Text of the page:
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For $227K, Castleberry Hill loft is airy, artful, and authentically old

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Soaring ceilings help atone for smallish floorplan at Peters Street building from 1940s

A photo illustrating how 14-foot ceilings enhance a sense of roominess.
How 14-foot ceilings enhance a sense of roominess.
Keller Williams

Last week, a five-level Castleberry Hill loft appeared on these pages that’s so vast and multifaceted it boggled minds. Now, on the same street, a much cheaper and compact offering has hit the market that’s in many ways the opposite—and in other, postindustrial ways, exactly the same.

Near the section of Peters Street farthest from downtown, just a couple of blocks from Spelman College, behold the circa-1940 Storehouse Lofts, a freestanding building(s) composed of beautifully timeworn brick (to include the floors of interior walkways).

Per Central Atlanta Progress, the building was converted to lofts in 2000, maximizing old-world charm with wooden trusses and exposed beams—and now with an 82 WalkScore that smart money says will get decidedly better sooner than later.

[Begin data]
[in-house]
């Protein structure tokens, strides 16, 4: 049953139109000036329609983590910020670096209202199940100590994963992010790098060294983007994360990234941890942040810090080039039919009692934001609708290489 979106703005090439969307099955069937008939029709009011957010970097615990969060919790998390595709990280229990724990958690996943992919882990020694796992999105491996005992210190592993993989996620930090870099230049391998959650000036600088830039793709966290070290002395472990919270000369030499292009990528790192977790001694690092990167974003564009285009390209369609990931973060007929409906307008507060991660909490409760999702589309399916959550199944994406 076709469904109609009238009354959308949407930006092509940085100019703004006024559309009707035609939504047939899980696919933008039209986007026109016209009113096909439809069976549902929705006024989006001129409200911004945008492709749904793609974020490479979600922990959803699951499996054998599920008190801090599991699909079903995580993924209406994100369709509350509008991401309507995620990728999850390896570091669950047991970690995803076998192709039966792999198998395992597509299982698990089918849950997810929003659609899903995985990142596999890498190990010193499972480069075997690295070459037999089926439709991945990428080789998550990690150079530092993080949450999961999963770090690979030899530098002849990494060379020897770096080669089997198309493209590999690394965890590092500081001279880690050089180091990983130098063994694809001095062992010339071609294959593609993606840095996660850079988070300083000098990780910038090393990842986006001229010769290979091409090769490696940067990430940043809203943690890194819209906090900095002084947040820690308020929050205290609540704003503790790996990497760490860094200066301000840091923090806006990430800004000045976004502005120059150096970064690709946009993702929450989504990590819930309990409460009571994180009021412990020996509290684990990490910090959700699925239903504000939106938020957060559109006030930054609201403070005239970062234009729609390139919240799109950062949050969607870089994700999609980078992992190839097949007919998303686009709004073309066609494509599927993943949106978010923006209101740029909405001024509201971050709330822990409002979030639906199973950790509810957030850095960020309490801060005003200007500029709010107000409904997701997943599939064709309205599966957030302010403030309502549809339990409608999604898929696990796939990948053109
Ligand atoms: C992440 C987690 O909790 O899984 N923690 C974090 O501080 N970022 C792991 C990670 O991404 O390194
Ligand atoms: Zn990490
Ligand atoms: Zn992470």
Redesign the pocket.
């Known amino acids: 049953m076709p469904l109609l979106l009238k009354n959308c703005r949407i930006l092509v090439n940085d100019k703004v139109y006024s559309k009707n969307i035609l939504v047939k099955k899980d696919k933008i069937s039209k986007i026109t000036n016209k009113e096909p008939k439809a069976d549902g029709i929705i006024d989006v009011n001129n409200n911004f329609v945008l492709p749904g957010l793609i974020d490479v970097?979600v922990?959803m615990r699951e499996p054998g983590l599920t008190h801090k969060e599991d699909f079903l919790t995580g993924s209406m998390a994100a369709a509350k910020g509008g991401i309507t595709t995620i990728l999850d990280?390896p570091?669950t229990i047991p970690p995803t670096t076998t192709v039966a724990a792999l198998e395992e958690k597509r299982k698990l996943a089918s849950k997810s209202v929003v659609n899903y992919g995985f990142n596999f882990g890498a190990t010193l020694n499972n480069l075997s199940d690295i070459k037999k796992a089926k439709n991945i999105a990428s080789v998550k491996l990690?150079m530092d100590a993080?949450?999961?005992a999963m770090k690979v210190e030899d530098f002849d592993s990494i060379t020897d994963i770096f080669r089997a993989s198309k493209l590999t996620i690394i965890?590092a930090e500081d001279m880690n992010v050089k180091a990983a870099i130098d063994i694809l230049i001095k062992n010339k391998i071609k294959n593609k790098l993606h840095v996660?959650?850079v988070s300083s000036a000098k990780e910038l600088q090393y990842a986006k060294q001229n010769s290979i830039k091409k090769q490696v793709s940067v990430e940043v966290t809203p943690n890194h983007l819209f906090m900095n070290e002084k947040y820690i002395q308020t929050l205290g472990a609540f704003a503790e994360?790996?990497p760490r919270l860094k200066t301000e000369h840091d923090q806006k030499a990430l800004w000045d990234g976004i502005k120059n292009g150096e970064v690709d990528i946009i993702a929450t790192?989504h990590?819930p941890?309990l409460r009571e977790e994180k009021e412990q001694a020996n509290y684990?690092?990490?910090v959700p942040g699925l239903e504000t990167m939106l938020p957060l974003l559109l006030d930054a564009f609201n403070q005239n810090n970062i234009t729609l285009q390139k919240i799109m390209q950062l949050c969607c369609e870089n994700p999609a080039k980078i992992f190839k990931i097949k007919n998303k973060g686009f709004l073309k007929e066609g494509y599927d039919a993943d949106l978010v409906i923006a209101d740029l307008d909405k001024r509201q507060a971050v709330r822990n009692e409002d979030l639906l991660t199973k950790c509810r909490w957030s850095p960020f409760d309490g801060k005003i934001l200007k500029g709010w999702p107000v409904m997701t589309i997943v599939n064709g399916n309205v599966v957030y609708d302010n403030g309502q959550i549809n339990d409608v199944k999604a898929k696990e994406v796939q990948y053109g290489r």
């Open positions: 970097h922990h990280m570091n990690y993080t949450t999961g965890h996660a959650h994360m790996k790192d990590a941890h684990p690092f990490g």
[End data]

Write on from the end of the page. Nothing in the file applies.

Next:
Chockfull of quirky art and personality, the loft in question costs $227,000. That buys just a single “bedroom” and bathroom among 1,038 square feet. But it also bags 14-foot ceilings, inimitable brick and windows, and wooden beams alongside current cabinetry, appliances, and fixtures.

The association fee is listed as just $220—per year.

There’s no shortage of character throughout, but especially with the wholly unexpected, freestanding metal fireplace in the bedroom area—so industrial it looks robotic. That’s softened by the nearby closet, which is rather large for a unit this size.

Amenities include gated parking (with spots for guests), a dog walk area, and communal rooftop with downtown, stadium, and railroad-track views.

This pad could suit buyers keen on using every single square foot, every single day: a younger, space-conscious Atlantan, or maybe cool-conscious empty nesters wishing to take downsizing to the extreme.